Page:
Birthday Girls, made up of members of the now disbanded sketch group Lady Garden, is a three-woman group delivering excellently pitched long and short scenes. Camille Ucan, Beattie Edmondson and Rose Johnson bridge the gap between silliness and seriousness superbly with sketches ranging from character work to more observation-based scenes.
The most impressive feature of the show was the sheer commitment to and consistent quality of the acting.
The Birthday Girls reach their peak when engaging with television programmes: the two sketches that stood out were one addressing the issue of spoilers in Game of Thrones, and another mocking programmes in the vein of Supersize vs Superskinny with their own perfectly pitched ‘FATSO’ starring the “thin host” and an (air-quotes) ‘Doctor’. The sheer ridiculousness of these programmes is neatly summed up. Similarly, a sketch involving a wedding fair is excellently executed, involving a member of the audience, quinoa and East London hipster sensibilities. The sketch was perfectly scripted and when it turned out that a prop was missing, Edmondson was able to carry on with skill. The show includes dance breaks between each sketch and watching various styles of dance being lampooned provides as much delight as watching the sketches themselves. The tightly choreographed dance in lyrical contemporary style features much arm waving, and is of particular note.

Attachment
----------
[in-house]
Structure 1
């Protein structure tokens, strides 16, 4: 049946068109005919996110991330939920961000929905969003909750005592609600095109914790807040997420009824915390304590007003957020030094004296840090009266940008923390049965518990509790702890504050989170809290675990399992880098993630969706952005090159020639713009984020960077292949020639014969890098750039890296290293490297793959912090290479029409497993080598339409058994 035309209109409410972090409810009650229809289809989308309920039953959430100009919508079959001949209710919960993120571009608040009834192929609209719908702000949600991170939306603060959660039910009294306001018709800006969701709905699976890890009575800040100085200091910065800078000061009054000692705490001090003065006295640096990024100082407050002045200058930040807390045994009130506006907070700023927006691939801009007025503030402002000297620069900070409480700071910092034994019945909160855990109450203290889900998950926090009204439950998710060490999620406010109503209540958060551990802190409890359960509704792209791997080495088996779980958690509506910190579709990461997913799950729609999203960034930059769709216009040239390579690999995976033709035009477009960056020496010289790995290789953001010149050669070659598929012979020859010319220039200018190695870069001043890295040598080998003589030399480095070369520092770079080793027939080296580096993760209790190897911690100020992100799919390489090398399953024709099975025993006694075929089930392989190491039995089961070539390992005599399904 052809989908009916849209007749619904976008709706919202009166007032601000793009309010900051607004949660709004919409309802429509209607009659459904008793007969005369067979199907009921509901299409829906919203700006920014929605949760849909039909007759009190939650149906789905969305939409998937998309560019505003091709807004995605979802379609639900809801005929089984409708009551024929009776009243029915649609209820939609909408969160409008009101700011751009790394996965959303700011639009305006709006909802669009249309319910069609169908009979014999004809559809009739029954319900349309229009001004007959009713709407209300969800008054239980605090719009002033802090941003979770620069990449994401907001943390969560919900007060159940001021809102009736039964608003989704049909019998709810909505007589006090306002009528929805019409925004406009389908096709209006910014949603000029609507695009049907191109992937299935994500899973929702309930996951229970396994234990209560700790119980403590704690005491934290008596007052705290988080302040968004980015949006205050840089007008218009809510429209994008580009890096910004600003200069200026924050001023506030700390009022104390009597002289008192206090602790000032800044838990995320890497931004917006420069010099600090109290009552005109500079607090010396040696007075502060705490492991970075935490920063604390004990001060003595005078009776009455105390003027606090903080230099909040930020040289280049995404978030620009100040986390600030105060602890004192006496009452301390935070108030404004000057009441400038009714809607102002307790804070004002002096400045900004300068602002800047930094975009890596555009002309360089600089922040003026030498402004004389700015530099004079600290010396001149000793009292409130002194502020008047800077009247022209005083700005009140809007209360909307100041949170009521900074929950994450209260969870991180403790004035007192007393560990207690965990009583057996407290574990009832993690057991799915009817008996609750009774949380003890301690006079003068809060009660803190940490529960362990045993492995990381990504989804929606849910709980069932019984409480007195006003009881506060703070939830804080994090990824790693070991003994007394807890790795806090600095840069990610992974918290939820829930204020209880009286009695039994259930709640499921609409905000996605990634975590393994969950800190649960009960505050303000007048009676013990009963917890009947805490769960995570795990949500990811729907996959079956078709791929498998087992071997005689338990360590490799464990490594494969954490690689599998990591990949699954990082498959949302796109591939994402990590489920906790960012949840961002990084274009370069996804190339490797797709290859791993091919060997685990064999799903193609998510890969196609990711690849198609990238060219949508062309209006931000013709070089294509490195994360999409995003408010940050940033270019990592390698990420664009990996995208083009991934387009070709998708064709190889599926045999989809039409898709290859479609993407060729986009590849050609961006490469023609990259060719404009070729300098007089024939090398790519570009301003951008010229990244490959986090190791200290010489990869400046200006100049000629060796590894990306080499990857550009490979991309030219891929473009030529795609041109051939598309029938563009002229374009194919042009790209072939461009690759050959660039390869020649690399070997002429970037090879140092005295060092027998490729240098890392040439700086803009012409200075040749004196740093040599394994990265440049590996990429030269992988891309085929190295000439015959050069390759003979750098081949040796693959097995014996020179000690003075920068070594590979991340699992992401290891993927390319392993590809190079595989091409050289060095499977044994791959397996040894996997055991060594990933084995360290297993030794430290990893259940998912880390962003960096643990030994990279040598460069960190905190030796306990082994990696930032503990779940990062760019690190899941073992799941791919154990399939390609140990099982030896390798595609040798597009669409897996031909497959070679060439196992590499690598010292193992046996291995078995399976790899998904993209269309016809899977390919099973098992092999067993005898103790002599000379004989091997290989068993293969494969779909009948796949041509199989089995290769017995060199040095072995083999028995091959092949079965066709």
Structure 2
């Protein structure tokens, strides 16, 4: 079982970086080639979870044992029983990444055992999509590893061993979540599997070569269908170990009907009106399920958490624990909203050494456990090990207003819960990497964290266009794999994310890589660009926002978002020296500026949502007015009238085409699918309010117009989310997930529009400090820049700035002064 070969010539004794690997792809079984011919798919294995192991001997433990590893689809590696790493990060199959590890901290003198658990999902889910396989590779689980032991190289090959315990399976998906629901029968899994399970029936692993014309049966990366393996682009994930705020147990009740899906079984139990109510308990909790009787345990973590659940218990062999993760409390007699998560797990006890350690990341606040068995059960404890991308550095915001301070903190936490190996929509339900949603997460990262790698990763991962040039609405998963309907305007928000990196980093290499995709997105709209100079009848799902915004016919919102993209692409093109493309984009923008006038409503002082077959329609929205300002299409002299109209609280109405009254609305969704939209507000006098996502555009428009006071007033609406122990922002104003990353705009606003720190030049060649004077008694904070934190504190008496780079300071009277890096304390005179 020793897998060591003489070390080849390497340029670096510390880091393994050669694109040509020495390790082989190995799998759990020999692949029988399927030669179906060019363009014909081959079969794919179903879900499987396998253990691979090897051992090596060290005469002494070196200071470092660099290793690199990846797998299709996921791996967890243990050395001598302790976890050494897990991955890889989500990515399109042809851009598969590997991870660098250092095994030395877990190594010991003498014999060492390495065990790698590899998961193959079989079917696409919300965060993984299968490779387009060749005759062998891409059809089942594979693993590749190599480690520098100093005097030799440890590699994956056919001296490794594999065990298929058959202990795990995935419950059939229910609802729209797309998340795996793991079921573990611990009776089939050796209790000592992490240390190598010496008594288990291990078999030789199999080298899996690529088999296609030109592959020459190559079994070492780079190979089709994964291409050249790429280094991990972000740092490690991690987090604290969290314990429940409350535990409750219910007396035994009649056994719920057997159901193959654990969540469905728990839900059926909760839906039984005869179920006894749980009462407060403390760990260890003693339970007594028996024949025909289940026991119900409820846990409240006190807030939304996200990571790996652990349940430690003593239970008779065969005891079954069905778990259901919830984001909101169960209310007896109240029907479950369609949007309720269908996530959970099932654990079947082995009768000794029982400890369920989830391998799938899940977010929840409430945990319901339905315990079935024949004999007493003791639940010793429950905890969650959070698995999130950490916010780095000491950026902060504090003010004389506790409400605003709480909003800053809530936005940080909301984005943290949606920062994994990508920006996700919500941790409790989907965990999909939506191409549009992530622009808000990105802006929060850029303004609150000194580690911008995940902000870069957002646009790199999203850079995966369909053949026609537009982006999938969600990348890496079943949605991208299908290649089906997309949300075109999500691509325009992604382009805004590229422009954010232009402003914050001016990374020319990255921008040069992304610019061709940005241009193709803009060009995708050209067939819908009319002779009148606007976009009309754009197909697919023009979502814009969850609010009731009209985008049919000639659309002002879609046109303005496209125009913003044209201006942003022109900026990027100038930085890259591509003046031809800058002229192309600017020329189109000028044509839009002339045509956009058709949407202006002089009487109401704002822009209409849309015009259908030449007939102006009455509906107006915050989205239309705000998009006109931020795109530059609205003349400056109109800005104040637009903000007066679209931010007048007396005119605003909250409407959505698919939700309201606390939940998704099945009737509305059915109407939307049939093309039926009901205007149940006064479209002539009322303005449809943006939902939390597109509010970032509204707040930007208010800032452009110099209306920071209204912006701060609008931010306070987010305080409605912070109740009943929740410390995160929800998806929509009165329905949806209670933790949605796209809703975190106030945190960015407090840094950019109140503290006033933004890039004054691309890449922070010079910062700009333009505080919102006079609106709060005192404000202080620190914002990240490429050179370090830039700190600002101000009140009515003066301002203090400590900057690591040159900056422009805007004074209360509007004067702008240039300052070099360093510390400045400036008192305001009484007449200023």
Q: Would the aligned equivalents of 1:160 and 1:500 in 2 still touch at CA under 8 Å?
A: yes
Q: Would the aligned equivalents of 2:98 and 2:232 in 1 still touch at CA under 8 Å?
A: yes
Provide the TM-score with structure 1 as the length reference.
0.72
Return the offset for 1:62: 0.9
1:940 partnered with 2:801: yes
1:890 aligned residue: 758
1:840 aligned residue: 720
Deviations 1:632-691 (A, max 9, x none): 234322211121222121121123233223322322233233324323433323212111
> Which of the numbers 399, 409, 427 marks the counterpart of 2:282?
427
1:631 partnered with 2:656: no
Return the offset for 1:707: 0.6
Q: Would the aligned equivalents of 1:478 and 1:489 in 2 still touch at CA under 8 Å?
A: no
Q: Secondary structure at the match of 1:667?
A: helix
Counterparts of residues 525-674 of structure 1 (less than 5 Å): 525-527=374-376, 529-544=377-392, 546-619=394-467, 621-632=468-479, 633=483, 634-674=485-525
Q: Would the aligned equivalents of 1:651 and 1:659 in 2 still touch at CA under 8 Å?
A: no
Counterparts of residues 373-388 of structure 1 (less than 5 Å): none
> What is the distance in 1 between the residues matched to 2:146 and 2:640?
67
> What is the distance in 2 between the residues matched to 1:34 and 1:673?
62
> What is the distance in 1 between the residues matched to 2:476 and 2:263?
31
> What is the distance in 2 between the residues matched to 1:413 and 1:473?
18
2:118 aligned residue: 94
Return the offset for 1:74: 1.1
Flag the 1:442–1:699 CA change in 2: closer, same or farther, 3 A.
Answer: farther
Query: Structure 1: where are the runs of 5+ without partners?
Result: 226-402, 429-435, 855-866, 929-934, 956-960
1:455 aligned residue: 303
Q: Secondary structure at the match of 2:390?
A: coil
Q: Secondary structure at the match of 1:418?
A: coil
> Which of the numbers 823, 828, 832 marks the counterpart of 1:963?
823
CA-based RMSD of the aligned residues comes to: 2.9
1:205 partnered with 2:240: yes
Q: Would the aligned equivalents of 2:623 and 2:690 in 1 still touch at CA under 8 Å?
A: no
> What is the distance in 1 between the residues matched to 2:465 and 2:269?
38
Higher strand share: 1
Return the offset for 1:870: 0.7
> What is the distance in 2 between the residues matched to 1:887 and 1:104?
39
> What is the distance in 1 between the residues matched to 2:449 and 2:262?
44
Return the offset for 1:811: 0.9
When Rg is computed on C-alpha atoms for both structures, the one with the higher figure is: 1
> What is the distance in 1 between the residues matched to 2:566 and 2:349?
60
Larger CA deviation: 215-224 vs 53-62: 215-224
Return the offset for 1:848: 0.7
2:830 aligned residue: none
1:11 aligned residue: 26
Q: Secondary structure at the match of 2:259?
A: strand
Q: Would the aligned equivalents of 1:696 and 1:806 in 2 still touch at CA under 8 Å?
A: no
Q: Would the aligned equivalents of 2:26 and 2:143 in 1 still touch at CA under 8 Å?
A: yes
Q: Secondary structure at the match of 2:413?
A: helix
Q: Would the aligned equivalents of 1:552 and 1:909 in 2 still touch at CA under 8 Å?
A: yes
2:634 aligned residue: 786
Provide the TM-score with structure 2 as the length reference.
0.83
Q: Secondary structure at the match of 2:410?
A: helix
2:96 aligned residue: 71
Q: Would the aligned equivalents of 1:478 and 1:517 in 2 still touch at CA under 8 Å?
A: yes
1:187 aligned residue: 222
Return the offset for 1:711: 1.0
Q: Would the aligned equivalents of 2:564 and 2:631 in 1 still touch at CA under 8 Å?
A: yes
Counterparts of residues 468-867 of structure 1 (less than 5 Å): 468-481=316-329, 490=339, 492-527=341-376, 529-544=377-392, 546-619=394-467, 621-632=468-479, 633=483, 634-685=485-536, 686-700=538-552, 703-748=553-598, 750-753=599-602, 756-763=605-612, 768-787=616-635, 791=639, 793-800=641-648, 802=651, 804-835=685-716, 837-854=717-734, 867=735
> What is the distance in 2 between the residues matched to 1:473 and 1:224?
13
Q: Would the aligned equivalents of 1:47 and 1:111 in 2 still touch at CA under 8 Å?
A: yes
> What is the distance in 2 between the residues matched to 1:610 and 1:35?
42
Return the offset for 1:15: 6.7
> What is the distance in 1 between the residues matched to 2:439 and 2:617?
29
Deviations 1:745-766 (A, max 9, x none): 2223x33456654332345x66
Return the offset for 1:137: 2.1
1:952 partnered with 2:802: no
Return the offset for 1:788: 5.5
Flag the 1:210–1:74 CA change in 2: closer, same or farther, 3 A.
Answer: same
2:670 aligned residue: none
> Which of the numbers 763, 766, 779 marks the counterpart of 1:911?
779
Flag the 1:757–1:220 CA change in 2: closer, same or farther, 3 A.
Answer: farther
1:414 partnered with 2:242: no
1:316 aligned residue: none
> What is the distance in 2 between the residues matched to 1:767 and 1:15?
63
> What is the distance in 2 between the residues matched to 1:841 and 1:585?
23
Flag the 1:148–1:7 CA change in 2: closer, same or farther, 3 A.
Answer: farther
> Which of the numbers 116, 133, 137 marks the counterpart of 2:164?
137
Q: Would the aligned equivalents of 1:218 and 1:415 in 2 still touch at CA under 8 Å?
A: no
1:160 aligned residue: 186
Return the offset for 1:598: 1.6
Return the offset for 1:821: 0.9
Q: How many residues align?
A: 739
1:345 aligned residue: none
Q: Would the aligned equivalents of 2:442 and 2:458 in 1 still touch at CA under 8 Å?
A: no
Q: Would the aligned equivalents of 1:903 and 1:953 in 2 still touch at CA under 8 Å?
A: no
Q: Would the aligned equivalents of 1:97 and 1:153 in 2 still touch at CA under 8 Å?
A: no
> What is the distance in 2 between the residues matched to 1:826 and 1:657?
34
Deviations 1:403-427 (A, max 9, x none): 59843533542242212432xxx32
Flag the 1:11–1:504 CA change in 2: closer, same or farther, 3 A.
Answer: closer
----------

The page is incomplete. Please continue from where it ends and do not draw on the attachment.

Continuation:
As is to be expected from any sketch show, some of the sketches fall flat. The spoof of Great British Bake Off as the Great British Shit Off goes on for too long – were it halved in length it might be a more effective moment of the show. This seems, however, to be a blip in what was otherwise a well-trimmed set.
The most impressive feature of the show was the sheer commitment to and consistent quality of the acting. Whether it was being the “number one pop song group” from Turkey (with an obsession with kofte), or being women advertising online bingo, there was no doubt that Ucan, Edmondson and Johnson were utterly committed to their sketches, up to the final moments of the show which saw the entire audience rise to their feet for a promised dance party. Over the course of this dance, in a vaguely terrifying moment, Ucan crowd-surfed in spite of cries that the Birthday Girls “don’t have insurance”, neatly summing up the actor’s commitment throughout the show. The sheer enthusiasm from everyone in the room, particularly the Birthday Girls themselves, is testament to the witty and sleek show they have constructed: a show that I wholly recommended.